I just have one question.
Why would anyone take a perfectly good cap and ruin it with an over abundance of stripes?
You could play tic-tac-toe on these caps.
I also had another thought (my brain is smokin’ !). Two thoughts in a row on a Sunday morning!
Every time I see a nurse in an ad, they are taking something for a headache.
What message did that send out to all the young people of the time?
Be a nurse, suffer from “nerves” and a headache, receive drugs from your co-worker and get back out on the ward.
Cherry Ames never needed Bromo-Seltzer.
I’ll admit there are shifts where an aerosol form of Ativan would be nice……
Man, it’s a really good thing I’m not watching American Idol this year, or I would be totally ticked that Blake is in the top two. But I don’t care because I’m not watching it! (Okay, I did watch when Barry Gibb was on…sigh!)
Isn’t it ironic (doncha think…): I waited all year for National Nurses Week to wear my cap. Last year my hubby got sick and I was off work. This year I was on jury duty the two days I would have worn it. Somebody does not want me in that cap!
It is time to throw the verbal pain scale out the window.
There is nothing wrong with the idea of a patient rating their pain . We are all different in our ability to tolerate pain. (I have a huge tolerance for pain…unless it is dental pain, whereupon I become a whimpering puppy.)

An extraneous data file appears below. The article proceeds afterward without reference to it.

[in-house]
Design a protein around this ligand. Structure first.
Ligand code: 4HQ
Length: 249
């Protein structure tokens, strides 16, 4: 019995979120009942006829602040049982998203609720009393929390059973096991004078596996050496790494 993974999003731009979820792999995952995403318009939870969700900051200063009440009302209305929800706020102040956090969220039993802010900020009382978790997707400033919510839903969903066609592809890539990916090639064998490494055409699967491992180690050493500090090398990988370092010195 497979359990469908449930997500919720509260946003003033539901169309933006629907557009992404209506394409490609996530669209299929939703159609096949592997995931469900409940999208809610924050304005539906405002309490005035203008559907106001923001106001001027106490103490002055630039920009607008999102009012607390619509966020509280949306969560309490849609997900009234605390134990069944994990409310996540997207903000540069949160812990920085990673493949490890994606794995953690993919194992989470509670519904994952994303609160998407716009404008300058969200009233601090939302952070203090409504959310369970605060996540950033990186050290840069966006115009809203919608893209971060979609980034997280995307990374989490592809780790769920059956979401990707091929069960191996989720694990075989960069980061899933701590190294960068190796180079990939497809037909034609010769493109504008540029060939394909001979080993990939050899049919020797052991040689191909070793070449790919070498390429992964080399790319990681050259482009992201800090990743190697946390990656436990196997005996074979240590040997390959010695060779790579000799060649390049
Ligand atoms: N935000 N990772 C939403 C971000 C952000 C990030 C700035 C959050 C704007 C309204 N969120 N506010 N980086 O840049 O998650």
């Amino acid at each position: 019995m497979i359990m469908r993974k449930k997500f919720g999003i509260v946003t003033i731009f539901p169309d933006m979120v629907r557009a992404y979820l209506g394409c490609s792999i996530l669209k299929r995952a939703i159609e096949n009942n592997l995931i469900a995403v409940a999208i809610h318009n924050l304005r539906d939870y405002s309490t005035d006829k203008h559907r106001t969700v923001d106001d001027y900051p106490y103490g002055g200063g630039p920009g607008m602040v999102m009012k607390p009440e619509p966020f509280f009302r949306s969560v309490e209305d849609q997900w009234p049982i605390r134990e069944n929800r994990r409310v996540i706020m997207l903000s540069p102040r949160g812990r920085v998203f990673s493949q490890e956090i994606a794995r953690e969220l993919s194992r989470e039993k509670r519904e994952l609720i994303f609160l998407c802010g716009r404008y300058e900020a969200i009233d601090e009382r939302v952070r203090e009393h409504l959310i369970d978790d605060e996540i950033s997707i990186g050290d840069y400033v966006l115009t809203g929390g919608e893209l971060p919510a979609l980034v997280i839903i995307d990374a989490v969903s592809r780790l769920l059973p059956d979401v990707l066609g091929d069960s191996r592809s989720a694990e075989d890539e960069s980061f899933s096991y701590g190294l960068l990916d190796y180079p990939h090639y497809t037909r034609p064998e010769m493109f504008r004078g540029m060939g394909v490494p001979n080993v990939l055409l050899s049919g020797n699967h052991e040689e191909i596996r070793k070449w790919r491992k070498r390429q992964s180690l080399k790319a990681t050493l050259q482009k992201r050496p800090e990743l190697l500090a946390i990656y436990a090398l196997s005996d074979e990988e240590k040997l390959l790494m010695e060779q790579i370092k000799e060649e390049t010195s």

This week I sat with a trauma patient who shattered/demolished both ankles. When she rated that pain a 7/10, I was dumbfounded. No one believed that she could only be a 7/10!
I am usually trying to make myself believe my patients are the 10/10 they describe as they talk on their cell phone and joke with their friends.
I began to question the utility of the verbal pain scale.
I’m not saying I don’t trust my patients’ truthfulness when describing their pain.
I don’t think patients understand the pain scale.
Ideally, a patient is supposed to rate their current pain when compared to the worst pain they’ve ever experienced. And yet, when I presented to the emergency department for chest pressure a year ago, I rated my pain an 8/10.
I’d had headaches that hurt worse, and yet that particular discomfort as it stood alone was an 8/10. It was a different sort of pain and I rated it without comparison to any other type of pain.
And I was able to joke and talk with the staff while I was having it. Give me a headache that is 8/10 and I am in a dark room with an ice bag on my cranium.
If a health care professional who deals with the pain scale every day could not intellectually compare the intensity of two different types of pain, how can we expect our patients to do it?
So I say drop the verbal pain scale.
Ask the patients to rate their pain using the Wong-Baker pain scale (no matter what their age). I often see adults looking to the visual scale on the wall before rating their pain.
It is amazing how well having a visual representation works for patients who need an easy understanding of what rating their pain really means.
Like yours truly, who would have rated her pain a 3/5 (or 6/10) using the above scale.
Our scale at work uses the Wong-Baker scale up to ten (with the odd numbers in between the faces).
The Wong-Baker pain scale. It isn’t just for kids anymore.